Then she replied. She said, ‘No,’ but I didn’t believe her. I did not think she was being honest with me. She wrote back [Ed. note: the following is an excerpt from a longer email]:
From: Sarah Koenig
Date: Dec 29, 2014 8:14 AM
Subject: Re: Your message
To: Jay Wilds
‘You say I am not answering specific questions, but I am. Here is my answer, again, as clear as I can make it: Neither I nor anyone I actually work with – the staff of Serial and of This American Life, has EVER given anything to Reddit. Period. Nor did we authorize or deputize someone else to do so. It would have been stupid and irresponsible for us to have given anything to Reddit. We’re not that dumb, for one thing. And anyway, I don’t believe in crowd-sourcing an investigation. This is not a loophole or a sneaky way to have plausible deniability. It’s a straightforward, complete and true answer. As for Rabia – I’ll say it again: I don’t know. She might have posted it, but I don’t know. I don’t know because she hasn’t told me, and I haven’t asked. Again – do you want me to ask Rabia about this?’ [Ed. note: Chaudry say she ‘never’ posted personal information about Jay on Reddit.]
You seem to be under the impression that I want to do you harm, or have a secret agenda or have purposely withheld information to make you look bad, or have knowingly reported things that aren’t true. None of that is correct – in fact, the opposite it true. I realize you might not be able to accept that right now – or perhaps, ever – but my intention has been the same from the beginning: To get the story right, and to treat everyone fairly. There are so, so many things I could have reported, but didn’t, because they seemed potentially damaging or unfair, and they weren’t directly related to the crime. Not just about you, but about other people involved in the case. In other words, I’m not out to get anyone, or to damage anyone’s reputation. I only reported information that we deemed relevant to understanding the case.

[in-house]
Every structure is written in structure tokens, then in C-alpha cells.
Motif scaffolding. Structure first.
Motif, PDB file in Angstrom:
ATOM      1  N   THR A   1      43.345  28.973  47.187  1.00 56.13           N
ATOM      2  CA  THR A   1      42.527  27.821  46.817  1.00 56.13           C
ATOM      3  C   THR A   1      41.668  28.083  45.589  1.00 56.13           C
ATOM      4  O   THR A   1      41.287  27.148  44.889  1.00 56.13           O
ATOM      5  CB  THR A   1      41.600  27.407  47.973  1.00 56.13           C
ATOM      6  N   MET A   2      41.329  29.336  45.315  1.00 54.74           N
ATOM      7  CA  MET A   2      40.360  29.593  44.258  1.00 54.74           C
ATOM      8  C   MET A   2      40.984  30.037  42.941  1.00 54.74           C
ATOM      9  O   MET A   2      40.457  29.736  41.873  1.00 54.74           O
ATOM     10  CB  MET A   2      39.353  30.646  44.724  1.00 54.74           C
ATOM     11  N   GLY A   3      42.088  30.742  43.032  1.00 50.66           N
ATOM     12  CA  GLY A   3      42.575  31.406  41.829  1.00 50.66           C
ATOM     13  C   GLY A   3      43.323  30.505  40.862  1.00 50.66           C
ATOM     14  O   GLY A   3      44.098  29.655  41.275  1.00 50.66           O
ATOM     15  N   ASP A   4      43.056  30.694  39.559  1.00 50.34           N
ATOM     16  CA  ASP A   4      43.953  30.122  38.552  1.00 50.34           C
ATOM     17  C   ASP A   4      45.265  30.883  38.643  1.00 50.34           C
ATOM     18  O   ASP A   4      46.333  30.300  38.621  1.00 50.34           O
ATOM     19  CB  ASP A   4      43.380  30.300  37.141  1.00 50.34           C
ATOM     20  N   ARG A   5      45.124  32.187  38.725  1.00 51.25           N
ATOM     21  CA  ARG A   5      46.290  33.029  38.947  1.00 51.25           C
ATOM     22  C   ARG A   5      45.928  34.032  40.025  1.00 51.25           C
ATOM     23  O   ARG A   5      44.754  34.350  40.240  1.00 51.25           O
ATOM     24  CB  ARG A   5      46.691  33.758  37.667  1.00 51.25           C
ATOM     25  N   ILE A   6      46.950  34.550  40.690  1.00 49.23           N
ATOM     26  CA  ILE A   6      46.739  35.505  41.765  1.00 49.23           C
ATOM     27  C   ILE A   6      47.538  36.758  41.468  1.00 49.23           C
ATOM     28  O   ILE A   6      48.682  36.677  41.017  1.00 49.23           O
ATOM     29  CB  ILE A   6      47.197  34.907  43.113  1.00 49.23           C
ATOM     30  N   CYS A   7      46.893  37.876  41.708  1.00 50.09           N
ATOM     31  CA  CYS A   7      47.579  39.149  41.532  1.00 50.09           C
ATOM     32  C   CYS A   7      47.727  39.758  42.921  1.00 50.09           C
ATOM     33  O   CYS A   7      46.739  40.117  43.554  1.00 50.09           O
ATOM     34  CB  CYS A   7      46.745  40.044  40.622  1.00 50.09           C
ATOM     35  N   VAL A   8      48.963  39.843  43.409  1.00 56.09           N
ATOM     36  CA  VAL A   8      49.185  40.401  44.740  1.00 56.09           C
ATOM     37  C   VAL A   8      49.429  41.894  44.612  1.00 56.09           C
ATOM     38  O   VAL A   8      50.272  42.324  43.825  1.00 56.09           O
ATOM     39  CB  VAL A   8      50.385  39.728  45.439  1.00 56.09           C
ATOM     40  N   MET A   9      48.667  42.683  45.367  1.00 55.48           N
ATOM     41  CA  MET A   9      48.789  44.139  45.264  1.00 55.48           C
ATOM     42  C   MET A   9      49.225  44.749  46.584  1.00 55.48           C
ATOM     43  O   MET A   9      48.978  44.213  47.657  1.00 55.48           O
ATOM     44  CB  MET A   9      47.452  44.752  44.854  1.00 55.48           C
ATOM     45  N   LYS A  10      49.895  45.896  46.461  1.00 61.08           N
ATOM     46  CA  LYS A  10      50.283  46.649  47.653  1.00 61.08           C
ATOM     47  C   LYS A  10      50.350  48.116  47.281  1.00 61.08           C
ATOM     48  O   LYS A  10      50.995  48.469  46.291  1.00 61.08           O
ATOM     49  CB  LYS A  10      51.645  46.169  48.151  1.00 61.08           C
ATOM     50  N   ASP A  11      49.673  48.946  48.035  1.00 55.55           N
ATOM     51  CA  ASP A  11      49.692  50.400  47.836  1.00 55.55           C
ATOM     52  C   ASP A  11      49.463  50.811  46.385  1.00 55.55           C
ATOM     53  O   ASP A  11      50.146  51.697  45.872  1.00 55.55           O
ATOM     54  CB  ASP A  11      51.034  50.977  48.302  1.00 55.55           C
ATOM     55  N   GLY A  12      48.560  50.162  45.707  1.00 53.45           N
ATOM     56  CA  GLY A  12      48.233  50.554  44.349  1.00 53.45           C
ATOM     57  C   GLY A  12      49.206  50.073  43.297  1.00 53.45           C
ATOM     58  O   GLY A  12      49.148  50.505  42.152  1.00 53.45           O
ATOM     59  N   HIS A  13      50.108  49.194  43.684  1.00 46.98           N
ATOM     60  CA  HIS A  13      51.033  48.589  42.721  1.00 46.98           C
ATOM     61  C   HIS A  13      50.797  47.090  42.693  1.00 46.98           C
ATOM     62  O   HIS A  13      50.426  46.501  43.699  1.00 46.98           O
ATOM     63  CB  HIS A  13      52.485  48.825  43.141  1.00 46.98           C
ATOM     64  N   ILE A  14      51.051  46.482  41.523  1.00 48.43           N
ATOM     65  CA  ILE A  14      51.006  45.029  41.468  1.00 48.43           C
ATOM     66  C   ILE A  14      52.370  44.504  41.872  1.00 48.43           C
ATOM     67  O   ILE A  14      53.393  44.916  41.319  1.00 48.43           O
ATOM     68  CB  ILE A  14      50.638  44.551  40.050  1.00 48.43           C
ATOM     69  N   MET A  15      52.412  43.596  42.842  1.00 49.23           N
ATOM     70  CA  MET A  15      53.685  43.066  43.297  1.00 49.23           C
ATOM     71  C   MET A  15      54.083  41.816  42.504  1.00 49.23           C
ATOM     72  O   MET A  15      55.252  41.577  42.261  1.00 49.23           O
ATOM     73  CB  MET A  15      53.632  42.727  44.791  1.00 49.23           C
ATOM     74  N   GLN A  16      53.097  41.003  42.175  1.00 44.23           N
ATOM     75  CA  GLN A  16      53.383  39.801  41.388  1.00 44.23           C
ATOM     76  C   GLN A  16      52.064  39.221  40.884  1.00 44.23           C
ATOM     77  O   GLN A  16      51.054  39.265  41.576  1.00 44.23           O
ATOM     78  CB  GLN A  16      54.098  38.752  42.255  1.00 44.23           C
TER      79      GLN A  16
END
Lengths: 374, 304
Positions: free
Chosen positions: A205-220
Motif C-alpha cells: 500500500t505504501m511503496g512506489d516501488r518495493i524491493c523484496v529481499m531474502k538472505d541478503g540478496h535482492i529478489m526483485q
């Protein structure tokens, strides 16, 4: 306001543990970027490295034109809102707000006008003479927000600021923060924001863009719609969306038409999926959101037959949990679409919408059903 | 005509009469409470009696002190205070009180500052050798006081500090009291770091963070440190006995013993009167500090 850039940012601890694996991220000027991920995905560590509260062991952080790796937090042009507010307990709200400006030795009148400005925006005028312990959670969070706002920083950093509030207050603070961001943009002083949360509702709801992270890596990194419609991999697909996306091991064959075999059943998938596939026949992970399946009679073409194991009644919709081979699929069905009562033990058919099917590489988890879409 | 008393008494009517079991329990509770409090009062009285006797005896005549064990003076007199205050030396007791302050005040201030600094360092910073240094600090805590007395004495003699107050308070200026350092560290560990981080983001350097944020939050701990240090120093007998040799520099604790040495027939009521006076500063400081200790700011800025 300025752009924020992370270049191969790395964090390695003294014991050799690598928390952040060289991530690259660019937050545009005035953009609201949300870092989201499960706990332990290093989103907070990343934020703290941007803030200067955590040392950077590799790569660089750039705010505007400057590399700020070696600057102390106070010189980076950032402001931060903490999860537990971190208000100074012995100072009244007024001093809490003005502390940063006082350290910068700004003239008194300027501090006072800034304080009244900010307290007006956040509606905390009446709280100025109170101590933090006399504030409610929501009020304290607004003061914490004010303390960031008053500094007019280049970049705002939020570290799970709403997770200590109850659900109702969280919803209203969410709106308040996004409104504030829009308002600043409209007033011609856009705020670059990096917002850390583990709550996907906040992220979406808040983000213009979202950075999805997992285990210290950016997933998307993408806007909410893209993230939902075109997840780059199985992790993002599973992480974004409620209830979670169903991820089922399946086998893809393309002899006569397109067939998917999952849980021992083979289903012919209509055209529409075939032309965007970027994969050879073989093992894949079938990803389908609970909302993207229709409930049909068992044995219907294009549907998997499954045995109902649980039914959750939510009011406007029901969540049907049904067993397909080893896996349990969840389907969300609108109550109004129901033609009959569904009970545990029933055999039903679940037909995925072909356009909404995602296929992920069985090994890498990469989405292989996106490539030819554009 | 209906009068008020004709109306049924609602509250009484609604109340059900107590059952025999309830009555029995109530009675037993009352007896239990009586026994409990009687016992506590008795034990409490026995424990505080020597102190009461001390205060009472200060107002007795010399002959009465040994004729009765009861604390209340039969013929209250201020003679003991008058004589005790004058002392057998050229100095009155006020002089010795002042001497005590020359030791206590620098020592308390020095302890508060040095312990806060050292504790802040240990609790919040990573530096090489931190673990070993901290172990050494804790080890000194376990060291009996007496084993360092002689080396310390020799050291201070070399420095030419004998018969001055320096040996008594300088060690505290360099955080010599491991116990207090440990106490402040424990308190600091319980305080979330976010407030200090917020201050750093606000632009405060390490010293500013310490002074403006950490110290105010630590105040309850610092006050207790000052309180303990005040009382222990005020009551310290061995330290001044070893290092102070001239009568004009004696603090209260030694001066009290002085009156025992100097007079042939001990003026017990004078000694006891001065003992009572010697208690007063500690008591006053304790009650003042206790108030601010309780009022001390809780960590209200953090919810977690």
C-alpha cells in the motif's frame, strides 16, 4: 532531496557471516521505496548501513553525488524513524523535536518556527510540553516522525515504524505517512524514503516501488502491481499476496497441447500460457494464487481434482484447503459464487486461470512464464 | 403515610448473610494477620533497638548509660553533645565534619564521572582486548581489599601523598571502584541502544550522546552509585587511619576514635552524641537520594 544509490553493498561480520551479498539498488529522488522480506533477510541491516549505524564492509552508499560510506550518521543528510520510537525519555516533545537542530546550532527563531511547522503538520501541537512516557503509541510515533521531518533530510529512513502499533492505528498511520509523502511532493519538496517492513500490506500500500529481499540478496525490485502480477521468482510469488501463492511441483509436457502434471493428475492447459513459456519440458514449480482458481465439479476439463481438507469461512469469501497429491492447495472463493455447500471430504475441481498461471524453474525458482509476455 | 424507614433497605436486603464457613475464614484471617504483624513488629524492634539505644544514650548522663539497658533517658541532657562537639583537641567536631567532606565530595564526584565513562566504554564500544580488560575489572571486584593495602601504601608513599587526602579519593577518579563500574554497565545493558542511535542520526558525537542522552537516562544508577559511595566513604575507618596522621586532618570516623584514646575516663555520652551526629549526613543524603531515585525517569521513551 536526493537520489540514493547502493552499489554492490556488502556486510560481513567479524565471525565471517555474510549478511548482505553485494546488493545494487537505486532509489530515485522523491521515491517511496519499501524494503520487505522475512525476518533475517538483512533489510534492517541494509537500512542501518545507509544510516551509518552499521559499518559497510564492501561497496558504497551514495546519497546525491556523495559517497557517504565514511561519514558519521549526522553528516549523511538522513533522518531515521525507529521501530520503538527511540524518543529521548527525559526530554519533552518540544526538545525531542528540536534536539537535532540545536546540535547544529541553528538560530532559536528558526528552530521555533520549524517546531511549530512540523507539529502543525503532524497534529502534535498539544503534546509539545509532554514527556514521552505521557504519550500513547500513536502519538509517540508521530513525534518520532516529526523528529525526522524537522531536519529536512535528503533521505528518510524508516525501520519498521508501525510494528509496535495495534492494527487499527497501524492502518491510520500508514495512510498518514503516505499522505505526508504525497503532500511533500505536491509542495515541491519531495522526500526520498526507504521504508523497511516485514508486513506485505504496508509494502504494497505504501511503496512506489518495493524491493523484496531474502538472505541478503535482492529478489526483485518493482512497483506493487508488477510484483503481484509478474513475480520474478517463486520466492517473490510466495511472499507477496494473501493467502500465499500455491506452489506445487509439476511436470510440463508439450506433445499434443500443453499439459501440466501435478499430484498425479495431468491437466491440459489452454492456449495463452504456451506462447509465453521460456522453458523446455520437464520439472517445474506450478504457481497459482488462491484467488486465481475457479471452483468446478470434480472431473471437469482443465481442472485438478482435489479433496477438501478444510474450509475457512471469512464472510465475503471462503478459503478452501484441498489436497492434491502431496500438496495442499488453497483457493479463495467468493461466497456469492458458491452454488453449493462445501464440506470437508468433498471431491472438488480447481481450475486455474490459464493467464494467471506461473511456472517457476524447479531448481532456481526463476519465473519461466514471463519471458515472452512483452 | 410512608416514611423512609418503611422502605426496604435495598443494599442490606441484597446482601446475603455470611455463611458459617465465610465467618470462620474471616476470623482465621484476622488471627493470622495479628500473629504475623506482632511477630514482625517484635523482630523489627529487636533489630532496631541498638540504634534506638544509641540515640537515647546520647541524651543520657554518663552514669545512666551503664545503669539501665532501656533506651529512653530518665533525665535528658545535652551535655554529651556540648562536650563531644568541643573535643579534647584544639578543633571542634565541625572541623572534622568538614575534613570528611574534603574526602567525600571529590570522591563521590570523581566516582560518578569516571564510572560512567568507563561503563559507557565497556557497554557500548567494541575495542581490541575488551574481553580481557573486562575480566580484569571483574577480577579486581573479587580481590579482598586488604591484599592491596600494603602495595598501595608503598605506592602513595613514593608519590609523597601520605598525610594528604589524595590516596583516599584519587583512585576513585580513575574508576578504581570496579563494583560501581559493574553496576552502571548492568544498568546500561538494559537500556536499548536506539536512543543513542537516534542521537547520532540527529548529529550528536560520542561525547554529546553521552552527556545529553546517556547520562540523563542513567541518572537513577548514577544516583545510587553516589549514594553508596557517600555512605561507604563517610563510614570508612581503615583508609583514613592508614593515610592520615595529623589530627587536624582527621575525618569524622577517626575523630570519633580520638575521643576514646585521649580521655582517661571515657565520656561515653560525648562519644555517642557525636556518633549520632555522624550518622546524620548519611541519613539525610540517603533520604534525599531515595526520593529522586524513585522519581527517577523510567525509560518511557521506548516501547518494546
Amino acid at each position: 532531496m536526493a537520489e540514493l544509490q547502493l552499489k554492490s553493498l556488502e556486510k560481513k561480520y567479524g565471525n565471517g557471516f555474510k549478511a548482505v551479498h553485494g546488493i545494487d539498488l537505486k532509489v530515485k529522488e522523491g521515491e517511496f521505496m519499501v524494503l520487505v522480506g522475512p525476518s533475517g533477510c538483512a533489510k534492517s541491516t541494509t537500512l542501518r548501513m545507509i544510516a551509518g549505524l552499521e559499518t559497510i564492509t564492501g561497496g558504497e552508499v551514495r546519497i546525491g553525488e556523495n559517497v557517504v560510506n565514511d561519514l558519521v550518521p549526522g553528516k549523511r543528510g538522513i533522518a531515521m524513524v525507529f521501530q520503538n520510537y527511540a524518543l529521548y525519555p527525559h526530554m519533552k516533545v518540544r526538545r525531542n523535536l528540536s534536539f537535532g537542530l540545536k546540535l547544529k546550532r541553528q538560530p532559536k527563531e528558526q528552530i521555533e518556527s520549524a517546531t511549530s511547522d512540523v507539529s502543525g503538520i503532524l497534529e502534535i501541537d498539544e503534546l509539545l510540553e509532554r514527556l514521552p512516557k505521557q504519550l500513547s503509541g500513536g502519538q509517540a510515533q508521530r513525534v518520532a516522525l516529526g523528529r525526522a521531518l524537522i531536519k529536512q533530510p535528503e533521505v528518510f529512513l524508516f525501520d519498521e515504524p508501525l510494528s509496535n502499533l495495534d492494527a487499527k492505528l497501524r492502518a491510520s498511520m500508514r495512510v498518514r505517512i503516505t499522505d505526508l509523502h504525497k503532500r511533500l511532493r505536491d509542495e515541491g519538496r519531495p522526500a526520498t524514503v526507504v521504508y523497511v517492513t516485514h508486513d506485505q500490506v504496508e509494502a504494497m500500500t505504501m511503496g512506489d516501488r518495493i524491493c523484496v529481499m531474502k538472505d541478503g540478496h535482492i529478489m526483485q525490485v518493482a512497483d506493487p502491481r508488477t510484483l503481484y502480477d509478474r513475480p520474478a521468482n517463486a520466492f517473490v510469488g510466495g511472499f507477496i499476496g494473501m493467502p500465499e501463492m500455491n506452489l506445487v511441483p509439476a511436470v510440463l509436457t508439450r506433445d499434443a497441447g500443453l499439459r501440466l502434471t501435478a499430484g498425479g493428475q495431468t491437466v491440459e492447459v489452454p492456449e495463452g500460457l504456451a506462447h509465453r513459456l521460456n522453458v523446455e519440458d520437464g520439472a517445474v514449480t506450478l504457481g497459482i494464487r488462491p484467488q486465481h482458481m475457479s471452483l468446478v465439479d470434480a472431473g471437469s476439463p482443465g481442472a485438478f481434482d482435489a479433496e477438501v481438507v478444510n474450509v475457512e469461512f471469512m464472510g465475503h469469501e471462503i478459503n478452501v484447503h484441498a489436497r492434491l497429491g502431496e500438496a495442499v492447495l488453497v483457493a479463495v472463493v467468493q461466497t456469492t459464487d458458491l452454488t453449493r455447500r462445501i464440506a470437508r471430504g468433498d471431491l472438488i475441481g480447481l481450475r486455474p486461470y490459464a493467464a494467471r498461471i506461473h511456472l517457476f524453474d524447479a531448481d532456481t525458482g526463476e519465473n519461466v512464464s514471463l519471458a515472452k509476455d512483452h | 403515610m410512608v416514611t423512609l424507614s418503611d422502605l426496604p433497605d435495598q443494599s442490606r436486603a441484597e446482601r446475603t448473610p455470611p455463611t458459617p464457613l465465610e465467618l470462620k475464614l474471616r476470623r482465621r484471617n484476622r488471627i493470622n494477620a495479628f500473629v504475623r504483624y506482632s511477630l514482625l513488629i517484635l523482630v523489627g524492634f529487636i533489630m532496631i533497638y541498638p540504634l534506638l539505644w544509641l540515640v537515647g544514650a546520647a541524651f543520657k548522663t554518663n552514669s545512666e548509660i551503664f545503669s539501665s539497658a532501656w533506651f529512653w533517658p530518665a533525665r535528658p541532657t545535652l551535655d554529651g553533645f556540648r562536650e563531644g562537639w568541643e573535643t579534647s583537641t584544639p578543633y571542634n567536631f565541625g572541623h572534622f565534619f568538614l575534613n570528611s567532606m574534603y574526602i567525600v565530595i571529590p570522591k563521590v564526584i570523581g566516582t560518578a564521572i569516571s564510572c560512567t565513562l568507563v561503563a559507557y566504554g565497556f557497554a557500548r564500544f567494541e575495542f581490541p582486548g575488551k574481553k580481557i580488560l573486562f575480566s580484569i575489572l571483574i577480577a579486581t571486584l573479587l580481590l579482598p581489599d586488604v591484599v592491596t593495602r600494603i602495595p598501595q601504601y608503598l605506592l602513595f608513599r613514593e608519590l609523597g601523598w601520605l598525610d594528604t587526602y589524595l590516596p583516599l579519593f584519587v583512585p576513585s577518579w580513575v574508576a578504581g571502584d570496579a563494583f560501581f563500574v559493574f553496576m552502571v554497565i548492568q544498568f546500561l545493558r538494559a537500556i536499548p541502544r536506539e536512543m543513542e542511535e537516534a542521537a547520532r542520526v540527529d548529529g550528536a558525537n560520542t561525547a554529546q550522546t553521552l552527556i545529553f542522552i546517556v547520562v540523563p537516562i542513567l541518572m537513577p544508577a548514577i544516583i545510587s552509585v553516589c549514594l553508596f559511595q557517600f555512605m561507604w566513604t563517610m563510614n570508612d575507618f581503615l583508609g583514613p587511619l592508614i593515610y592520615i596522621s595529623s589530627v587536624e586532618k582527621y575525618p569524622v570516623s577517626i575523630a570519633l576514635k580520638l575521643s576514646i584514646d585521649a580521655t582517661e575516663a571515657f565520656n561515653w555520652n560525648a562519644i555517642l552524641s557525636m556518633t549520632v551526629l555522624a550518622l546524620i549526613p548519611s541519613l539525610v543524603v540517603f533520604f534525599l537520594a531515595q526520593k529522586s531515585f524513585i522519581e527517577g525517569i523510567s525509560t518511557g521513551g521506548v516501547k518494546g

It sounds like you don’t believe Koenig still.
Has the show affected your employment?
Yes. Of course, there’s no way I can actually prove it, you know. But when the podcast started I had a job in construction. I was hired on for a project. About three weeks after the podcast started, when it really started to blow up on the Internet, and my name was out there, and people were speculating, and the word murder would pop up with my name, I was told that—by my supervisor—that they hired too many people for the job, [and] had to let five of us go. But within a week a couple of those people were hired back, along with a new person. I don’t think they got rid of me because they think I committed a murder. But I do think they didn’t want to take [that] on, you know? They don’t need people coming to the worksite, confronting me or harassing other people I work with.
What’s so frustrating about this is that there haven’t been any clear fights. It hasn’t been confrontational. It’s been a hundred little things that have happened, like cars parked outside my house for an hour, somebody just stops talking to me at work before I was let go, people taking pictures. It’s the doorbell ringing, and my wife jumping up six feet into the air, because she’s so scared. It makes me feel paranoid. And it also makes me really angry, because the mistakes I’ve made are on me and not on my family. And there’s a part of me that just wants to break away from them and live in the bushes or the Appalachian mountains, so they can be safe.
Has this affected your wife’s work?
That’s my biggest fear. So far it hasn’t crept into her work life. But she works in the nonprofit world, with needy people. And she works for places that fundraise, and it makes me sick to think that maybe people might not give money to these very good places that do a lot for people, because of me.
I’m not trying to insult anyone, but a lot of times people don’t read any further than what they see on a headline. I know my criminal record is out there. One of the charges is domestic violence. But I was never convicted. It was an argument over a set of keys with an ex-girlfriend I wasn’t getting along with. People don’t read to the end of a document to see ‘unsubstantiated’ or ‘not convicted.’